This Is 40 (2012) Review

this is 40There’s nothing like a feel-good comedy to make you feel all warm and fuzzy inside. But can you have a feel-bad comedy? Is that a thing? I’m making it a thing. “This Is 40” is a feel-bad comedy.

Judd Apatow’s sort of sequel to “Knocked Up” takes the characters of Pete (Paul Rudd) and Debbie (Leslie Mann) from supporting players and promotes them to front and centre in this painfully perceptive look at the couple’s married-with-children lifestyle as they cross the alleged threshold of middle age.

Pete owns his own record label but the business is struggling due to disappointing sales and the bills are starting to mount up, although he hasn’t let on to Debbie. Meanwhile, Debbie discovers that one of her employees has been stealing money from her clothes boutique. Adding pressure, Pete’s father is constantly borrowing money while their eldest daughter Sadie (Maude Apatow) has just entered that difficult teenage phase and is constantly at war with her younger sister Charlotte (Iris Apatow). With two landmark birthdays in the mix and the reappearance of Debbie’s estranged father, the pair find their lives and relationships under strain like never before and start to contemplate the previously unthinkable.

Sounds like a laugh riot, right? I have a landmark birthday coming up (I’ll leave you to figure out which one, Sherlock) and I thought it would be a bit of a wheeze to review “This Is 40”, a film I hadn’t seen despite my enjoying “Knocked Up” quite a lot. Wow, okay – umm. In place of its progenitor’s goofy, knockabout sense of fun, “This Is 40” is an acutely observed, occasionally uncomfortably on-the-nose dramedy about the every day trials and tribulations of family and adult life.

The script fizzes with sharpness and wit. Apatow may have dialled back the romance and zaniness but has lost none of his ability to land a punchline, even when it’s more punch than line. In a certain light, this could almost be seen as a nihilistic remake of Ron Howard’s classic “Parenthood”, just leaving out the whimsy and warm-hearted optimism and replacing it with a jaded realism and indulgent pacing that smothers and occasionally suffocates the comedy. There are moments of genuine, carefree hilarity, but they are few and far between.

How funny you find “This Is 40” depends on two things: how closely it lands to aspects of your own life and how amusing you find the ad-libbing antics of Apatow’s regular collaborators. Paul Rudd and Leslie Mann both do great work here, fleshing out their original bit part characters into flawed but sympathetic three dimensional people. Maude and Iris Apatow (real life daughters of Judd Apatow and Leslie Mann) are excellent as their two children, coming to terms with the distance caused by Sadie starting puberty. Albert Brooks is his usual self as Pete’s father while John Lithgow brings a quirky nervousness to the film as Debbie’s emotionally reserved father. As to the rest of the supporting cast, including Jason Segal, Melissa McCarthy, Megan Fox, Lena Dunham and Chris O’Dowd, they seem to be having fun, freewheeling through their scenes with ad-libbed quips thrown back and forward. It’s a shame the fun never quite translates fully to the viewer, though. There’s a running joke throughout the film about the TV series “Lost”, and although the film only came out a couple of years after the TV series ended, it’s surprising how dated a reference it feels, making the film feel a little stale and irrelevant.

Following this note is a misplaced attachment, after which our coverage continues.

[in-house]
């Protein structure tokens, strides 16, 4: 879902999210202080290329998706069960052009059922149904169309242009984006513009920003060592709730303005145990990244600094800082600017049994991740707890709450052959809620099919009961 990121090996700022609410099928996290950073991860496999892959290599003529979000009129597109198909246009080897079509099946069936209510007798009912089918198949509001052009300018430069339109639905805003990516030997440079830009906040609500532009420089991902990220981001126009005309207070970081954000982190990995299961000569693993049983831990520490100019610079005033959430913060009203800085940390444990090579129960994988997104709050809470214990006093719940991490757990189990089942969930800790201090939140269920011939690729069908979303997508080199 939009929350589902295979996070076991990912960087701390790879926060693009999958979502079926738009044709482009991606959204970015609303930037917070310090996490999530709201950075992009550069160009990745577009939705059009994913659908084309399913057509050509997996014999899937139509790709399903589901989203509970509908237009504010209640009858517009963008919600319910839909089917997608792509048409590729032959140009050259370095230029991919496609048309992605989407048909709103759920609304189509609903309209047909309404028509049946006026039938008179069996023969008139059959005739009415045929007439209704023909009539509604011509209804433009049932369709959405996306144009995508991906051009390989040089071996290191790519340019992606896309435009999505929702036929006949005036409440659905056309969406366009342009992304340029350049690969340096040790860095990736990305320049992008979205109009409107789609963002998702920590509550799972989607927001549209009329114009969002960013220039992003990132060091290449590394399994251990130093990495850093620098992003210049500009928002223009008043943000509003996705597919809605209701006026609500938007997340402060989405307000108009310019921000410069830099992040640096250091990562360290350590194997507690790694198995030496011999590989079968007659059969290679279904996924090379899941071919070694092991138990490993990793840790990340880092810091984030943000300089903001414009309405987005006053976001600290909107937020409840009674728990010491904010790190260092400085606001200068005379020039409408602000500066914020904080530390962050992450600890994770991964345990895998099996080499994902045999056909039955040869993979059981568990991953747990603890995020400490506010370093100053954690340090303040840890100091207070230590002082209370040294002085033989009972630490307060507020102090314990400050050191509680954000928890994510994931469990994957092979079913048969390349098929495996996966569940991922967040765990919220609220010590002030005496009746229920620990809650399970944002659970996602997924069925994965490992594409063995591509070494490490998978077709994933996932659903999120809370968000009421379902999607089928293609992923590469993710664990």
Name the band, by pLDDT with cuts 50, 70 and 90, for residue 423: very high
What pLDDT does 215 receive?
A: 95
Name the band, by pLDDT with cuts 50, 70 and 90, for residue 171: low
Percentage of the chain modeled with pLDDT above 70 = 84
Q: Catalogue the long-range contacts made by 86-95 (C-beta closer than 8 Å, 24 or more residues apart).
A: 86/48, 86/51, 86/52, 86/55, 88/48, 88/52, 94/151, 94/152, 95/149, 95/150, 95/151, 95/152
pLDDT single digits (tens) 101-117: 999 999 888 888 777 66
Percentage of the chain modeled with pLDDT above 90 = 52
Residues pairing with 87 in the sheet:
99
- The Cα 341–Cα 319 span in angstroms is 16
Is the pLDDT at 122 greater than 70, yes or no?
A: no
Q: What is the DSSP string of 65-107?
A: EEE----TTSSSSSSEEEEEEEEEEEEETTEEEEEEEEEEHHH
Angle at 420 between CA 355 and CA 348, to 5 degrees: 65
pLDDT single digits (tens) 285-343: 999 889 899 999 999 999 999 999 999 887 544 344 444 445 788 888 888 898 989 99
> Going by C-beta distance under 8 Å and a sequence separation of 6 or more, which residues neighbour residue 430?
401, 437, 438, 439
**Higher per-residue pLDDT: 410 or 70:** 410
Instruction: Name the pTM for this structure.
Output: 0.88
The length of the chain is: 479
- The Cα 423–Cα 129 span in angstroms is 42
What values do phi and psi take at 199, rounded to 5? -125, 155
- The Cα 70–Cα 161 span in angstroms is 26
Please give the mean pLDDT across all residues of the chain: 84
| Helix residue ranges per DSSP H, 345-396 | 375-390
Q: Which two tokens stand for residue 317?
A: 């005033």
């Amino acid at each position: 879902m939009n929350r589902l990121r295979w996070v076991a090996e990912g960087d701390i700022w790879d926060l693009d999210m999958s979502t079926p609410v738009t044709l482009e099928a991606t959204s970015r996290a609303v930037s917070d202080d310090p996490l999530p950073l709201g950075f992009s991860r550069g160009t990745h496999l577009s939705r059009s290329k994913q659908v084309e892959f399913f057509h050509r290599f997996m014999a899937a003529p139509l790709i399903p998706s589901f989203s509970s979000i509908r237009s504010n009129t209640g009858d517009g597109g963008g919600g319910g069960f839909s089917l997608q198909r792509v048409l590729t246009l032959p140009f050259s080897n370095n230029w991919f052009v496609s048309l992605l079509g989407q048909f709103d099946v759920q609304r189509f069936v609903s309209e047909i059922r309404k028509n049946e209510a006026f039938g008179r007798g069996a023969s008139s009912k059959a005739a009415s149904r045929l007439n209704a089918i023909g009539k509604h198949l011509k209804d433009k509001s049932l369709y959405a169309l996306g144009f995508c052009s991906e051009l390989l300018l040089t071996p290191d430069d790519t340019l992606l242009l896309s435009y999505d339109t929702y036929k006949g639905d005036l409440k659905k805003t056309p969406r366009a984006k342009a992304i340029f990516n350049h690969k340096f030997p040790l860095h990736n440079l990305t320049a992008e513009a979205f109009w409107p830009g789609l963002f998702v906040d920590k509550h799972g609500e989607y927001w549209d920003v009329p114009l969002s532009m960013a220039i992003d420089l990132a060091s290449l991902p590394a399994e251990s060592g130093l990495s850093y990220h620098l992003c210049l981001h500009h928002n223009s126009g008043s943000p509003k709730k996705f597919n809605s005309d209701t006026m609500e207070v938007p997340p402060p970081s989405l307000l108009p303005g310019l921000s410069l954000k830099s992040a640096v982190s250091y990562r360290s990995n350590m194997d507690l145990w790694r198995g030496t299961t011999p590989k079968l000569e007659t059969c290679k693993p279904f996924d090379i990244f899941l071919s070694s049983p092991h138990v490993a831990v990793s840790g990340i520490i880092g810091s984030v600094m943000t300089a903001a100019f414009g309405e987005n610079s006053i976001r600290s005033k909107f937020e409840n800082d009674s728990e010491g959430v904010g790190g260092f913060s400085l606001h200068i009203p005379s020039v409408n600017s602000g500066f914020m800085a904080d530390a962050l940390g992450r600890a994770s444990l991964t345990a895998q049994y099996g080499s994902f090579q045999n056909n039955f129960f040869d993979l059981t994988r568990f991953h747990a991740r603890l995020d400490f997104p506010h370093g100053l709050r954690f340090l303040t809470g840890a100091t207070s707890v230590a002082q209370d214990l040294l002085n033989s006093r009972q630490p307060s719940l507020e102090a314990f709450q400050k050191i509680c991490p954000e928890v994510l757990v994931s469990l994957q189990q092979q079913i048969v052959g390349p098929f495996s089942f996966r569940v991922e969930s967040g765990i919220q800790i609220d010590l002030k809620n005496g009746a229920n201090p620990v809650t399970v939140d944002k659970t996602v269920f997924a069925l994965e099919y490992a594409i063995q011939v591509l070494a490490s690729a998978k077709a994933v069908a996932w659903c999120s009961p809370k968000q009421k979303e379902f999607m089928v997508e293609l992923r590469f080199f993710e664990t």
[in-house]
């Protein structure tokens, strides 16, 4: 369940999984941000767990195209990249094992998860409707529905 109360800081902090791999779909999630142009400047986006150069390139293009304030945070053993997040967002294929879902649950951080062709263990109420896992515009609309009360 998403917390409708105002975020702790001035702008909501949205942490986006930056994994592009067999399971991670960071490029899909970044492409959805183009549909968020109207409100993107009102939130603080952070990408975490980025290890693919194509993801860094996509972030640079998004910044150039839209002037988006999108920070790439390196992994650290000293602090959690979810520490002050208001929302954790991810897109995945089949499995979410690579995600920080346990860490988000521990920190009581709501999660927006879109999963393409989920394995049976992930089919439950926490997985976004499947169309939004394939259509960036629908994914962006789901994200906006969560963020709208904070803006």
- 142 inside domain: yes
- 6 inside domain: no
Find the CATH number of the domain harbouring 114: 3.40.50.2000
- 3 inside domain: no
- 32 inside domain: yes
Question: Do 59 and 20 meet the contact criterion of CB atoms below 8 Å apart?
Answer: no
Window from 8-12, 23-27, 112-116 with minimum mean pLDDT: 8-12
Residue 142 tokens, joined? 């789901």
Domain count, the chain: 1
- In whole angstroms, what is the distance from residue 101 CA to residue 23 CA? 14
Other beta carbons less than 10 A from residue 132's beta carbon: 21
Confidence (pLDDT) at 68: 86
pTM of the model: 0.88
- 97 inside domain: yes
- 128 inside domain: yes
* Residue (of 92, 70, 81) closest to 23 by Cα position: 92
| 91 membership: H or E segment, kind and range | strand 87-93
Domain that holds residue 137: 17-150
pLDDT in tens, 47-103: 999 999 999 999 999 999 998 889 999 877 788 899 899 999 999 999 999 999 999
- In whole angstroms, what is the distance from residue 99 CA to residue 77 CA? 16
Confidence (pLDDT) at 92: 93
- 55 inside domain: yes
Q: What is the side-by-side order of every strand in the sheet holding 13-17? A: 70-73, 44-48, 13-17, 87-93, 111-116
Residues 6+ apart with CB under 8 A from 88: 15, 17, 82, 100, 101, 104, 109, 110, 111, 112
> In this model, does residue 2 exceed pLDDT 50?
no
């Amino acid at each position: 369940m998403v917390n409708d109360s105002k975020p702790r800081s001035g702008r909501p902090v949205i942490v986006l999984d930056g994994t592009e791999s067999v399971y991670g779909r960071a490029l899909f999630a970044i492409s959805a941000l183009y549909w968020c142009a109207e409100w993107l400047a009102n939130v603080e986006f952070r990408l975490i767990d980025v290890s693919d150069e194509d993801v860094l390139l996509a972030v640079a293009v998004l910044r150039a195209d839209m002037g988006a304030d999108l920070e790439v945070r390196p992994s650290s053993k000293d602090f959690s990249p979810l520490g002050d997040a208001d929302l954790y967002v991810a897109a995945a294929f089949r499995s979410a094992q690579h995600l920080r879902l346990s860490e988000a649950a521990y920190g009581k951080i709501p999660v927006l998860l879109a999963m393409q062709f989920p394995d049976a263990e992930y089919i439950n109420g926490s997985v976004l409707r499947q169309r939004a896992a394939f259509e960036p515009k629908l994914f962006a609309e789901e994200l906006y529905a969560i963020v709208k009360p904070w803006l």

All credit to the film, it sticks to its principles and while Debbie and Pete experience a moment of clarity and pull back from the precipice, there is no magical, problem solving happy ending for them. Their business troubles remain and their family dynamic continues to change and grow. There is a sense of a reconciliation and as the film closes, they seem happy together but there’s no guarantee offered on how long it will last.

An insightful, well-acted but meandering comedy drama which at nearly two and a quarter hours could have done with less patchwork scenes woven together from multiple alternative takes and a more disciplined edit. Real life married couple Apatow and Mann have both firmly denied that the film is autobiographical, but it still feels like a very personal insight into the couple’s thoughts on the many facets of love, be it platonic, romantic or familial.

It will frequently raise a (rueful) smile but be warned: it’s also likely to be date movie kryptonite and whatever kind of evening you might have been planning will be shelved in favour of a discussion with your other half about your relationship*.

6/10 Score 6

* – This did not happen to me. I watched it on a train, but my fellow passengers and I are going to see a counselor and try to make a go of things.

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